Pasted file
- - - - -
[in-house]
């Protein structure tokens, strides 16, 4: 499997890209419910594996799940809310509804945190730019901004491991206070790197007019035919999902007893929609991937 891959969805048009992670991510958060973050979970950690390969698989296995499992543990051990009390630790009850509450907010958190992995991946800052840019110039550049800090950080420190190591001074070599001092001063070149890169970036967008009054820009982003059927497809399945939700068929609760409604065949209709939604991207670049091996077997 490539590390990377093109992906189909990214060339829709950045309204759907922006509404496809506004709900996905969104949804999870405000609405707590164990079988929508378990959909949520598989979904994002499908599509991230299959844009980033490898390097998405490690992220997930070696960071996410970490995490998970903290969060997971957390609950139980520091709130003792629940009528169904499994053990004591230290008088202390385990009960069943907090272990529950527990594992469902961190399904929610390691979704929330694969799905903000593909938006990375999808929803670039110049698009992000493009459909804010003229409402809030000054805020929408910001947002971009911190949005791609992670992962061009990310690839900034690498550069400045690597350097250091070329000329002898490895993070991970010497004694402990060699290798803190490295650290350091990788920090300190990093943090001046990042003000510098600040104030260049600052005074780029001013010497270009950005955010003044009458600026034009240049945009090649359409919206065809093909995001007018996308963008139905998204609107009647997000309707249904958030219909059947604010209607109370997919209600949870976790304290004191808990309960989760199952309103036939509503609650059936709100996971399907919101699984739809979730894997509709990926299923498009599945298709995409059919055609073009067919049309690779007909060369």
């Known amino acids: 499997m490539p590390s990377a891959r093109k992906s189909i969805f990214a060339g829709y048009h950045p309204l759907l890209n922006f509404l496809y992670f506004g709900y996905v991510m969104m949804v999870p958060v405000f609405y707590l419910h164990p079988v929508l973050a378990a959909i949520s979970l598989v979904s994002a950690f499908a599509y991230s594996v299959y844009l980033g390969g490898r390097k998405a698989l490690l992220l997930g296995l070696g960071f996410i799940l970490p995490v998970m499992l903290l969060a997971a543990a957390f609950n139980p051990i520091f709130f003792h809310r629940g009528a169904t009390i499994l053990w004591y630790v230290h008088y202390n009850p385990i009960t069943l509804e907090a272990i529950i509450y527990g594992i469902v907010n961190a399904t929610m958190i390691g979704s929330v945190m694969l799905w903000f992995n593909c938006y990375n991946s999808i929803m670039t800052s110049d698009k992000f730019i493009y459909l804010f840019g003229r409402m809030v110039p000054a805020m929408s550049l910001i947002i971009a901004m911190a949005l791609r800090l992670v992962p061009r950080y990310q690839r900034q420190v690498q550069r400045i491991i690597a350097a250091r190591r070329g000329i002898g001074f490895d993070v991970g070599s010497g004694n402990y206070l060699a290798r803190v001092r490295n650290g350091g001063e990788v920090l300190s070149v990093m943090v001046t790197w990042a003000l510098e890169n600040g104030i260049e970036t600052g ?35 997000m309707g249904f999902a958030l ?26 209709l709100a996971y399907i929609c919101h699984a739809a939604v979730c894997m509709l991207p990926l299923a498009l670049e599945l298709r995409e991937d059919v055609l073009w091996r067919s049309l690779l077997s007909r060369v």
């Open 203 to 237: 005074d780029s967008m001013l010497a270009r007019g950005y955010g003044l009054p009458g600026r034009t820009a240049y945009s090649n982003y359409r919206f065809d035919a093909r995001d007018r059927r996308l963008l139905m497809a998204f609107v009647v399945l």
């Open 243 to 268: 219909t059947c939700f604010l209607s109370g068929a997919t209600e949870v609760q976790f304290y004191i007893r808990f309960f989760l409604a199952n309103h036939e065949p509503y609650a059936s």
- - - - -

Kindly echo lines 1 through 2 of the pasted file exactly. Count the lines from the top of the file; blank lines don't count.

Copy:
[in-house]
């Protein structure tokens, strides 16, 4: 499997890209419910594996799940809310509804945190730019901004491991206070790197007019035919999902007893929609991937 891959969805048009992670991510958060973050979970950690390969698989296995499992543990051990009390630790009850509450907010958190992995991946800052840019110039550049800090950080420190190591001074070599001092001063070149890169970036967008009054820009982003059927497809399945939700068929609760409604065949209709939604991207670049091996077997 490539590390990377093109992906189909990214060339829709950045309204759907922006509404496809506004709900996905969104949804999870405000609405707590164990079988929508378990959909949520598989979904994002499908599509991230299959844009980033490898390097998405490690992220997930070696960071996410970490995490998970903290969060997971957390609950139980520091709130003792629940009528169904499994053990004591230290008088202390385990009960069943907090272990529950527990594992469902961190399904929610390691979704929330694969799905903000593909938006990375999808929803670039110049698009992000493009459909804010003229409402809030000054805020929408910001947002971009911190949005791609992670992962061009990310690839900034690498550069400045690597350097250091070329000329002898490895993070991970010497004694402990060699290798803190490295650290350091990788920090300190990093943090001046990042003000510098600040104030260049600052005074780029001013010497270009950005955010003044009458600026034009240049945009090649359409919206065809093909995001007018996308963008139905998204609107009647997000309707249904958030219909059947604010209607109370997919209600949870976790304290004191808990309960989760199952309103036939509503609650059936709100996971399907919101699984739809979730894997509709990926299923498009599945298709995409059919055609073009067919049309690779007909060369």